A Bill To Stop Racially Motivated 911 Calls Passes Oregon Senate

A measure to prevent racially motivated calls to 911 passed the Oregon Senate on Monday.

One of the bill’s chief sponsors, Rep. Janelle Bynum, D-Clackamas, was canvassing for reelection in a Portland suburb last summer when someone called the police on her.

It was one of many stories of cops being called on black people who were participating in their normal, everyday activities — from making a call from a hotel lobby to napping in a college dorm common area to barbecuing or mowing the lawn.

The legislation, which creates a pathway for someone to sue if they have had the police called on them for discriminatory reasons, passed on a 27-1 vote.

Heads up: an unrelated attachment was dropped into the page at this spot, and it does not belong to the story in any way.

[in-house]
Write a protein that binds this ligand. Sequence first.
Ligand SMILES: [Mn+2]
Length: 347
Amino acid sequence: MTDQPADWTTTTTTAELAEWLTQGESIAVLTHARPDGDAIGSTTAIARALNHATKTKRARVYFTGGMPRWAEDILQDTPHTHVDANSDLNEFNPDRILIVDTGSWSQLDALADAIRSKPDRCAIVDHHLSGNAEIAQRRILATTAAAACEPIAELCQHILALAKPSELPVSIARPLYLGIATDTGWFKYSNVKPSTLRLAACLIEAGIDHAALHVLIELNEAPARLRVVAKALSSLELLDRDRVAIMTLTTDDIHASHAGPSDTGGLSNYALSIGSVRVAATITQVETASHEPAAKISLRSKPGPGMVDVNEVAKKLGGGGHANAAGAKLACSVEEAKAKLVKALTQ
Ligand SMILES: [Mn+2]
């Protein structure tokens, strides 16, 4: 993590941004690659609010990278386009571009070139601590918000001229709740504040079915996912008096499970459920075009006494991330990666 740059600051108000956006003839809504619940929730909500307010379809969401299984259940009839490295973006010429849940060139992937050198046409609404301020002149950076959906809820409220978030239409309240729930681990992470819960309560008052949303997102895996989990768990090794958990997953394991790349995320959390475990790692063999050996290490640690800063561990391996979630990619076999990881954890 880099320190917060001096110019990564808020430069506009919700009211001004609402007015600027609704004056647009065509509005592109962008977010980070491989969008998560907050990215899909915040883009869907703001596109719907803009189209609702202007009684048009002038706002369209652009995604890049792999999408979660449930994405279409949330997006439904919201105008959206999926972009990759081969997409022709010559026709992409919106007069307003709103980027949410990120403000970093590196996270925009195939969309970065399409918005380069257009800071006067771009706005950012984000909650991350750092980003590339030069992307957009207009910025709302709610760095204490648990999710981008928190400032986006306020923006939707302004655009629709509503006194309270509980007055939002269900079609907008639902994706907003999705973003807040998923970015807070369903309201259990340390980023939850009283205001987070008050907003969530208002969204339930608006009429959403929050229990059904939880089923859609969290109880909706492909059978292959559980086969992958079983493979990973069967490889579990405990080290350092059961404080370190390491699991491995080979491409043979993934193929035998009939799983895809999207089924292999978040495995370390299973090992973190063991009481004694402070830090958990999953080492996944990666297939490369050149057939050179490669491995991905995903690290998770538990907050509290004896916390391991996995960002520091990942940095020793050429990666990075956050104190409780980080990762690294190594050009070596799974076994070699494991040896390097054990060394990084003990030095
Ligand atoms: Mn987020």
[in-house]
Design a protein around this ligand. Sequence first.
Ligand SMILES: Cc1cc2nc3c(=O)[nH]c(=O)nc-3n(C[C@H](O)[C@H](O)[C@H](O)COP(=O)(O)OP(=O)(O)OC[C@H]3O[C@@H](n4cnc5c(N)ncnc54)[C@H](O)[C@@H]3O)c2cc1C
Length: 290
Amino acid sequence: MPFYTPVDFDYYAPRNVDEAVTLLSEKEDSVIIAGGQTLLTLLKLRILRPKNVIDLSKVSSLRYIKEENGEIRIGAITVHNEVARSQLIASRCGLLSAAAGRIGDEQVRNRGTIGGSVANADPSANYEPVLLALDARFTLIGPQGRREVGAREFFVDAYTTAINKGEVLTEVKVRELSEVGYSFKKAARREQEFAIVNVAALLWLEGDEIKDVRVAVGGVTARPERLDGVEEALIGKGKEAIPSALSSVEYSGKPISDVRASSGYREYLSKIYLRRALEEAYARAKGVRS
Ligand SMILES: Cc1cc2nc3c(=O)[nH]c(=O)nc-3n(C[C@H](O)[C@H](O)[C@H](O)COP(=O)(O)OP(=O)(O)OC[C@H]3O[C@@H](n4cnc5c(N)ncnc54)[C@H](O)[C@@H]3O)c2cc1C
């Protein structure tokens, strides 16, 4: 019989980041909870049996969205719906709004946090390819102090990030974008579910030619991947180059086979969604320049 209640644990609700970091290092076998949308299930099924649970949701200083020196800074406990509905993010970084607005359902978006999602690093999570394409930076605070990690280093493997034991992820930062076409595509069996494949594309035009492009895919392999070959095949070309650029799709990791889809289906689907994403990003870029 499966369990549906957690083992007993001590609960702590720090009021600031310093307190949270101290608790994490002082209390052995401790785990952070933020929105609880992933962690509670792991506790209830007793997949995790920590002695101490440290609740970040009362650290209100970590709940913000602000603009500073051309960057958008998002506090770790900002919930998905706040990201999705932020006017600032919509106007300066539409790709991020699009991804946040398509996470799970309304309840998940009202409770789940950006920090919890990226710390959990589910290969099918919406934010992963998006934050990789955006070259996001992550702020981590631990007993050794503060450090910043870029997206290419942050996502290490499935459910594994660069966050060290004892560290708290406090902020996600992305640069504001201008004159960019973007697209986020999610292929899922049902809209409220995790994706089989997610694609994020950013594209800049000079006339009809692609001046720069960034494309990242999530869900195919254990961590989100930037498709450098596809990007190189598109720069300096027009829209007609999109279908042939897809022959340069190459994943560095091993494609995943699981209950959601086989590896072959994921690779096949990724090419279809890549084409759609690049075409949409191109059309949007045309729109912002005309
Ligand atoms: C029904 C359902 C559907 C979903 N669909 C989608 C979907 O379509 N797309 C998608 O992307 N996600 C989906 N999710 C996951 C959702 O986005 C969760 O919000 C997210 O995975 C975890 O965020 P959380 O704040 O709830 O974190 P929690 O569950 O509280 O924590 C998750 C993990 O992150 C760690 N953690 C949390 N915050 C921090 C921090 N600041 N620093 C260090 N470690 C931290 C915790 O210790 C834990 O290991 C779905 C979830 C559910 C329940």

The bill doesn’t create criminal charges, but it opens a pathway for people to file to small claims court for damages up to $250.

“When you get the cops called on you just for existing out in public, it sends a clear message: You don’t belong,” Bynum said in an email. “We have seen story after story where African Americans around the country have been targeted and had their rights violated.”

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